Cathy’s turbulent relationship with Gordon, however, did lead the master songwriter to pen and later release the massively popular 1974 hit, Sundown. Their relationship was chaotic, filled with alcohol and drug use, and caused Gordon to become extremely jealous. He even fired Canadian bluegrass duo, The Good Brothers, who were an opening act for Lightfoot, for flirting with Cathy. Their relationship ultimately came to an end in the mid-seventies, with Cathy Smith passing away in August of 2020. 

Gordon Lightfoot’s impact on music has been immense. He sold millions of records, was a heavy inspiration to countless musicians, including the legendary Bob Dylan and fellow folk legend, John Prine, and forever changed the landscape of Canadian folk music.  

Although The Rock and Roll Hall of Fame, which has done a lot of Canadian musicians dirty, ignoring the many accomplishments of musicians such as Gordon Lightfoot and The Guess Who, Gordon Lightfoot has been heavily recognized for his contribution to music in his native Canada. In total, Gordon had been awarded 16 Juno awards, and was inducted into the Canadian music hall of fame in 1986. He was also inducted into the Songwriters Hall of Fame in 2012 in New York. To date, this has been the most significant international award to recognize his contribution to music.  

With themes which are relatable to both western and eastern Canadians, such as working the railroad, heard within his 1967 Canadian Railroad Trilogy, a song which had been commissioned by the Canadian Broadcasting Corporation to celebrate the Canadian Centennial that same year. Or an international hit such as The Wreck of the Edmund Fitzgerald, which highlighted the tragic death of 29 crew members aboard a shipping vessel in 1975 on Lake Superior. Lightfoot’s music remains as relevant today as it was when he entered the music scene nearly sixty years ago.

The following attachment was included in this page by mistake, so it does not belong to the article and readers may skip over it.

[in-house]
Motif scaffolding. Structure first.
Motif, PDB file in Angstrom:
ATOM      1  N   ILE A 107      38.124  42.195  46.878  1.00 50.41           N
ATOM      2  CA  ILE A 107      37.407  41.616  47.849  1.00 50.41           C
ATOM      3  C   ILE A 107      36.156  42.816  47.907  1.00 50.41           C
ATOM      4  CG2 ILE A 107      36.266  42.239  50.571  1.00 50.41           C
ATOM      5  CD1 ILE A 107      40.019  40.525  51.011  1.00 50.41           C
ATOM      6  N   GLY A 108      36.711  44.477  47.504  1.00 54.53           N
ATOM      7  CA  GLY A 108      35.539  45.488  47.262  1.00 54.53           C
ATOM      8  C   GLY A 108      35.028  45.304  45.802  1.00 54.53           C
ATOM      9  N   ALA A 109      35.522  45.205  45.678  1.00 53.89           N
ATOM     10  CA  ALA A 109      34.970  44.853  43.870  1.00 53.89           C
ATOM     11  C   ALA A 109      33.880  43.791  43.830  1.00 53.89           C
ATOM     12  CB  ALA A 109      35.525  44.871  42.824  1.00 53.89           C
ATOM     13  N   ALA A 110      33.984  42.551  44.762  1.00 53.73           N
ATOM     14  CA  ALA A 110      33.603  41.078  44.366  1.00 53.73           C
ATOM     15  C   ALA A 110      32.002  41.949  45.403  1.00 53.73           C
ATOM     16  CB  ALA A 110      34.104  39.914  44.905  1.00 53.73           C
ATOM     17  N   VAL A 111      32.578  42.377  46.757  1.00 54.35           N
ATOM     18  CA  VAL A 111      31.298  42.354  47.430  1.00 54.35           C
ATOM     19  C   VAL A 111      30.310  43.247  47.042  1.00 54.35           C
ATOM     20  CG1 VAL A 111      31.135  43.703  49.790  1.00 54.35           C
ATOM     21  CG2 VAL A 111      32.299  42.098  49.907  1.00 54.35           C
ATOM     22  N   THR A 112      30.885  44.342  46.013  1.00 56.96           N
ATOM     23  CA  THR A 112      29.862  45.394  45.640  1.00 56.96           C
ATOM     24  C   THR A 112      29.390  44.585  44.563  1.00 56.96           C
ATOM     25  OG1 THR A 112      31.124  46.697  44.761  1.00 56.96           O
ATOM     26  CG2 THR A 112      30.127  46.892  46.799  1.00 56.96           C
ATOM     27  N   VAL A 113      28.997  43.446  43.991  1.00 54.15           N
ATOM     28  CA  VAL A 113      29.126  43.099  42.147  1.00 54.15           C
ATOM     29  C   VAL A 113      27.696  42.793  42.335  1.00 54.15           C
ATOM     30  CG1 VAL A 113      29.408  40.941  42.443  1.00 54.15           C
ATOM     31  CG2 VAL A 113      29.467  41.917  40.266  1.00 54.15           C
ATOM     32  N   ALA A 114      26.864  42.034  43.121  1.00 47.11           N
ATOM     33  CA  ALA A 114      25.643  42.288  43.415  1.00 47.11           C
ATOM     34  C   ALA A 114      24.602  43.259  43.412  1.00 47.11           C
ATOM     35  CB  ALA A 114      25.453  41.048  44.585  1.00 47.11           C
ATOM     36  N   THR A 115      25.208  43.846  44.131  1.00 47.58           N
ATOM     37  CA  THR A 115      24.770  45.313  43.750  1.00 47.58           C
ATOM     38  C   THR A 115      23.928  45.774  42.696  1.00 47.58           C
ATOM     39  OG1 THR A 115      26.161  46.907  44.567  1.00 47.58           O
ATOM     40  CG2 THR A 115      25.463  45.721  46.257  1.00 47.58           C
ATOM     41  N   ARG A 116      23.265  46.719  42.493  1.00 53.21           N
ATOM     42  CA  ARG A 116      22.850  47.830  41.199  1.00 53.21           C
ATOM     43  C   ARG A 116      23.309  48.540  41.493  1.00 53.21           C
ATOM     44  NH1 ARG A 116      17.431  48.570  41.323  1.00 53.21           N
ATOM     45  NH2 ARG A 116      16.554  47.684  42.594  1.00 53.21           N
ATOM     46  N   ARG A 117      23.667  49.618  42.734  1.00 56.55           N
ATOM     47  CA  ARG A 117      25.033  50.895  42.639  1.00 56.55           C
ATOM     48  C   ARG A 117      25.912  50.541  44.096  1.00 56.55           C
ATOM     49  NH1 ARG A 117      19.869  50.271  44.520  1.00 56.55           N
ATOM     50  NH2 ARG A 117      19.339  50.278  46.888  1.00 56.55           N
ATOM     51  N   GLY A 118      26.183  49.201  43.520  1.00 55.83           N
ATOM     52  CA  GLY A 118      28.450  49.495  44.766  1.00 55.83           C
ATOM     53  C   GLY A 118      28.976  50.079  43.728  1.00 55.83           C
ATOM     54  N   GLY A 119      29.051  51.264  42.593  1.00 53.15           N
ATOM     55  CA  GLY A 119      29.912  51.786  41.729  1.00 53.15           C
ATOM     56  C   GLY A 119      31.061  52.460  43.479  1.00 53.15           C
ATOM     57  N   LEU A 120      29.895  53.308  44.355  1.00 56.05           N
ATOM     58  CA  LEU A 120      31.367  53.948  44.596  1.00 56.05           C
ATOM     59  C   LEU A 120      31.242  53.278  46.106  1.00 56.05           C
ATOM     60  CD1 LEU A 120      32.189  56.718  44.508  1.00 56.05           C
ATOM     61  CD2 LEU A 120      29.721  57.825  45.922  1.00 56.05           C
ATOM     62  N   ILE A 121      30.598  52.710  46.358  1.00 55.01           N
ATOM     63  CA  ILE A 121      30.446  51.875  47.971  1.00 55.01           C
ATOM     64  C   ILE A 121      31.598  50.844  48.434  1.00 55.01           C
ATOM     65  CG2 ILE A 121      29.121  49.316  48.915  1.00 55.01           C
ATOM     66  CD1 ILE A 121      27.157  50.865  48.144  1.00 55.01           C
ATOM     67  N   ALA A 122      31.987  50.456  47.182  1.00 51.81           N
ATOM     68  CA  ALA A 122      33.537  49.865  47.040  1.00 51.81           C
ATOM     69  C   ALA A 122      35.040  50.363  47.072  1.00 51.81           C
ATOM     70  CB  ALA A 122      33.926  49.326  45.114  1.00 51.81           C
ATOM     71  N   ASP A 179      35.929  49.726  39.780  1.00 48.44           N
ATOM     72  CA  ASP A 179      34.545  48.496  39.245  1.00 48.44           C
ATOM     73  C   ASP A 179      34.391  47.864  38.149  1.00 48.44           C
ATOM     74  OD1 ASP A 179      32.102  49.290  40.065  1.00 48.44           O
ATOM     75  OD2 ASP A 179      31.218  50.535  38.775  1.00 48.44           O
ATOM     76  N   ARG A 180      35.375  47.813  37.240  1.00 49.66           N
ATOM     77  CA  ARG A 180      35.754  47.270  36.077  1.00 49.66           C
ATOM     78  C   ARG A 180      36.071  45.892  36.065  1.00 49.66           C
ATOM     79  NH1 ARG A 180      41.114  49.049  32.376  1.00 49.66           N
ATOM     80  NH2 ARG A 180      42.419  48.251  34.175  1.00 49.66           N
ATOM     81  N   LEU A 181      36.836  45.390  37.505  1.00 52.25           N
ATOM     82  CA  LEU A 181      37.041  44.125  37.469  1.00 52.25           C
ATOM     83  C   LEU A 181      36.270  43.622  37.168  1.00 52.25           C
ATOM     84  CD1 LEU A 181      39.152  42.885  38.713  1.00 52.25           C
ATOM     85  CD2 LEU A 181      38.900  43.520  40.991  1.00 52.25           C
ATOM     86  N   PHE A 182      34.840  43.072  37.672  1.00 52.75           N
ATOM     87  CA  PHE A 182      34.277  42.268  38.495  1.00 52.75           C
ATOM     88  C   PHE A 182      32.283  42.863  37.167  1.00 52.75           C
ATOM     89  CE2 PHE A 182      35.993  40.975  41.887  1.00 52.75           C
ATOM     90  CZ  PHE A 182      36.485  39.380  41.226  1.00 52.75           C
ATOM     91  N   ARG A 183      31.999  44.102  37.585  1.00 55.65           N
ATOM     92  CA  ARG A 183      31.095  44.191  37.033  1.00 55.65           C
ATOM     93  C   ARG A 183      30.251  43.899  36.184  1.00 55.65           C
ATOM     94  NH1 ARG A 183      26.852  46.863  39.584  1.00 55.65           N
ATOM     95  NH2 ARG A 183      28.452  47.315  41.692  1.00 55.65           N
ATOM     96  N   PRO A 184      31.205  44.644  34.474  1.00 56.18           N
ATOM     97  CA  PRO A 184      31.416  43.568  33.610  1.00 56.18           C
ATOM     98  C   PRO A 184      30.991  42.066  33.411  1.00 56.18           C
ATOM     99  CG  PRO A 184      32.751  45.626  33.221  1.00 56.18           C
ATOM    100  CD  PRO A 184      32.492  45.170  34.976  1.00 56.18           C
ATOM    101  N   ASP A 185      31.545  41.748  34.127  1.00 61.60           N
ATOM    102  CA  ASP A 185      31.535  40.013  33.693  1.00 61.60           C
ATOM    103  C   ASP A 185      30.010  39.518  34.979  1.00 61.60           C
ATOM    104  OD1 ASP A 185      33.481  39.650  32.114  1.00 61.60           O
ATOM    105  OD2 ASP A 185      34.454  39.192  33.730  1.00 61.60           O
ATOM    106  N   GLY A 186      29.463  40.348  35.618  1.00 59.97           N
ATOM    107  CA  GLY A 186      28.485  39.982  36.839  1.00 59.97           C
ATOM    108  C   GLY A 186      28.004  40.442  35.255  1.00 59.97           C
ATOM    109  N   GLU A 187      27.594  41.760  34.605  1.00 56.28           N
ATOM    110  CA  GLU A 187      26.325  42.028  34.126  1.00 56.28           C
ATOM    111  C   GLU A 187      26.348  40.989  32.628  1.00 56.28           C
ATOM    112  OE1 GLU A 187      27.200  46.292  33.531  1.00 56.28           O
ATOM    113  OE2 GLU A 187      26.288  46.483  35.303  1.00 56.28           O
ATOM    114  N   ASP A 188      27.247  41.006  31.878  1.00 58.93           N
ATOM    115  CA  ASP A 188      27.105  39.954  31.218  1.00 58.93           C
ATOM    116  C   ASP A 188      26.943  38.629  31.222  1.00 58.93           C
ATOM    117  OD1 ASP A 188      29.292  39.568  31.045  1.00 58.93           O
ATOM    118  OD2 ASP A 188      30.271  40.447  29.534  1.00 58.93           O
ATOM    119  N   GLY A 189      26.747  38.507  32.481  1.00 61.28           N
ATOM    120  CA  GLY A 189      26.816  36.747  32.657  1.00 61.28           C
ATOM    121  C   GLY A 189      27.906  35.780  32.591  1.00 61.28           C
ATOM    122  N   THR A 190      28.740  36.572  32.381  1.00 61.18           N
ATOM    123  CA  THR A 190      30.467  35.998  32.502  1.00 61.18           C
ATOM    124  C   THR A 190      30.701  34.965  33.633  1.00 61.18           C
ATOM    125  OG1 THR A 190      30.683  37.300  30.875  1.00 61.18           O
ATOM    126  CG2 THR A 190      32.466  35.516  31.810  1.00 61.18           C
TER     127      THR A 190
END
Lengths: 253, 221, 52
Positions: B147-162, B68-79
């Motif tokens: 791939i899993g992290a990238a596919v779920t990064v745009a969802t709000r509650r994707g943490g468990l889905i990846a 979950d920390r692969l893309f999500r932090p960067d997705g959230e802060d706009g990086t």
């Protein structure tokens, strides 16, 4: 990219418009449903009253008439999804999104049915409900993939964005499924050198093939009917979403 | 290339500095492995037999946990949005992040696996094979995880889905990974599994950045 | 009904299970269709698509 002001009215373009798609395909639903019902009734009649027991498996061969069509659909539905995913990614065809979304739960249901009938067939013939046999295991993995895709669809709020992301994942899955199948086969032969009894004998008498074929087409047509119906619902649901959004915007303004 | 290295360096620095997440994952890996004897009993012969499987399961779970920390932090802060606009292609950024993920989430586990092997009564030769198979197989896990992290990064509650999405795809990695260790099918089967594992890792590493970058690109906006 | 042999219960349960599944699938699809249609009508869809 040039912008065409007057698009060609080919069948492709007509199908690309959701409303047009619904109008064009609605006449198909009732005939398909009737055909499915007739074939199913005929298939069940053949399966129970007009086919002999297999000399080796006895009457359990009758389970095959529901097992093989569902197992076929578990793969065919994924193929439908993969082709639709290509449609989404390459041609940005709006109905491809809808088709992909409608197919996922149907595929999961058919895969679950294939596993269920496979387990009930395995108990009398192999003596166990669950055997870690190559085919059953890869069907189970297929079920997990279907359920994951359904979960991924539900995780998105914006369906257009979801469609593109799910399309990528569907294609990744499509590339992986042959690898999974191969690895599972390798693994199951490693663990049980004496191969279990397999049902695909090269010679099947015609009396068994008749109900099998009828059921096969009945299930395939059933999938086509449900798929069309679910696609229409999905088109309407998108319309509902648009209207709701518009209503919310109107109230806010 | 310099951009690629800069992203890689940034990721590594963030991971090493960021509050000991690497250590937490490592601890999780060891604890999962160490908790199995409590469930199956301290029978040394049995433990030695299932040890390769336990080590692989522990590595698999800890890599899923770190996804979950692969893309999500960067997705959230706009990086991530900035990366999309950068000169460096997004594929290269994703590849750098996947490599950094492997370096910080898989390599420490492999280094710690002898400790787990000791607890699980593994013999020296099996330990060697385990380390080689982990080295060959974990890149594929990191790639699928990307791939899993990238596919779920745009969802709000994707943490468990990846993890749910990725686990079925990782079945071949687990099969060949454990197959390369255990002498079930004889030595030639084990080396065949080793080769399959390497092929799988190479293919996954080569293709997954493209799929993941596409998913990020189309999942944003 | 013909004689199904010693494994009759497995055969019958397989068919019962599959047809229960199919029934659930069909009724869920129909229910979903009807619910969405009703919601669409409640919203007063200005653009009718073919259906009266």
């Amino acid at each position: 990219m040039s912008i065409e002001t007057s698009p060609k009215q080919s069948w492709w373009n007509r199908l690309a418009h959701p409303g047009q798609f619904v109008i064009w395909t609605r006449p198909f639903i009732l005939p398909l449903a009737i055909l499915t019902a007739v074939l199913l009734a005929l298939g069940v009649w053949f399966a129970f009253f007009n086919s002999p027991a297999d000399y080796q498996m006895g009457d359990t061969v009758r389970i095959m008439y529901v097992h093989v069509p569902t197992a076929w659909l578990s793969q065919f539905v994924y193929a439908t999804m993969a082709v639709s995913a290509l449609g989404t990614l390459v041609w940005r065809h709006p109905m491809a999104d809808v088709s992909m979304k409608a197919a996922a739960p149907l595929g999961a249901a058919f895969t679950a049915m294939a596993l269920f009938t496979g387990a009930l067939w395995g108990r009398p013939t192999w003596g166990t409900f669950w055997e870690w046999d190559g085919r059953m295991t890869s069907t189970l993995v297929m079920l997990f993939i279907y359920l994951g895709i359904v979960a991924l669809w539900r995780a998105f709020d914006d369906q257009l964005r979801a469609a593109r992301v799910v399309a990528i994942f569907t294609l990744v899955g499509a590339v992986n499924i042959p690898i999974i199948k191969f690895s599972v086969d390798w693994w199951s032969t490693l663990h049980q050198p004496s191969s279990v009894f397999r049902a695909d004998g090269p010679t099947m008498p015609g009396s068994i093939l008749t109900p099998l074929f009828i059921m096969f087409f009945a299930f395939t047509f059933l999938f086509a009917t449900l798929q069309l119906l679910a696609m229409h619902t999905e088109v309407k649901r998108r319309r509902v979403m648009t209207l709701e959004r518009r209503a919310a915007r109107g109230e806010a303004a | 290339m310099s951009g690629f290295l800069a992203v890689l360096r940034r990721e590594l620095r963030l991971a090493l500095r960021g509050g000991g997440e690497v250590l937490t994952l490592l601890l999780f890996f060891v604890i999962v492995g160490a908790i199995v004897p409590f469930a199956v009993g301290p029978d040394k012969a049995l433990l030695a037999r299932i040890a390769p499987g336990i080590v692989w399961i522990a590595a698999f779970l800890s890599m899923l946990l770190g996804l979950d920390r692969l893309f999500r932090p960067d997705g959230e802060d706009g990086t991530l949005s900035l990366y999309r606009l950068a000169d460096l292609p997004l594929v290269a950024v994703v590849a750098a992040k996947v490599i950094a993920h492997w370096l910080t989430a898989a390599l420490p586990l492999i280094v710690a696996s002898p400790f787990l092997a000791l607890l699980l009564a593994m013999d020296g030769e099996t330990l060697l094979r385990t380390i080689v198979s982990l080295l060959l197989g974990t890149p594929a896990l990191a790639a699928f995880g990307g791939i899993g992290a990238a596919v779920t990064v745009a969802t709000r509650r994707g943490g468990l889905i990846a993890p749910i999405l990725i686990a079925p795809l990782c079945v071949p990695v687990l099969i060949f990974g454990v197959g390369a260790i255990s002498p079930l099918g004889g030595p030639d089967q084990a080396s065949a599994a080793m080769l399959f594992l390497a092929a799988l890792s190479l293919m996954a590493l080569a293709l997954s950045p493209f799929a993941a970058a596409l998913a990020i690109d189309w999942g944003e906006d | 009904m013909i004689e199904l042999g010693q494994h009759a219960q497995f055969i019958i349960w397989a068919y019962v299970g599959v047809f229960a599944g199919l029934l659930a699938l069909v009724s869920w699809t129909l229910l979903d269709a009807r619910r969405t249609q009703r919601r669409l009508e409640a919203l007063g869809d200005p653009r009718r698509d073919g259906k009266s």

On May 1st, 2023, Gordon Lightfoot peacefully passed away at the age of 84. Although his death was tragic, the musician did more to change the scope of Canadian music then most could ever hope, and until the very end, Gordon remained close to his roots and performed straight to the end. His last album, Solo, was released in 2020, indicating an undying passion for music, even into his eighties. 

By now, I am very aware how much I strayed from the initial path of writing an album speculation on Sit Down Young Stranger. For this, I do apologize, as this has since diverged into a retrospective on Gordon’s life and covered portions of multiple albums by the famed musician. But how can you talk specifically about one album, when his life and discography as a whole had such an immense impact on music. I’ll try to keep things more centred the next time around. As for the time being, thanks for all that you did for music, and all that you were, Gordon Lightfoot. Although you may no longer be here in the flesh, your spirit will remain every time one of your song play on the radio, or every time a cinephile puts the needle to one of your incredible albums (many of which are currently available through Mile High Vinyl). For this, we all thank you and Canada owes you an incredibly debt to your artistic contribution. Rest in peace, Gordon. Gone but never forgotten.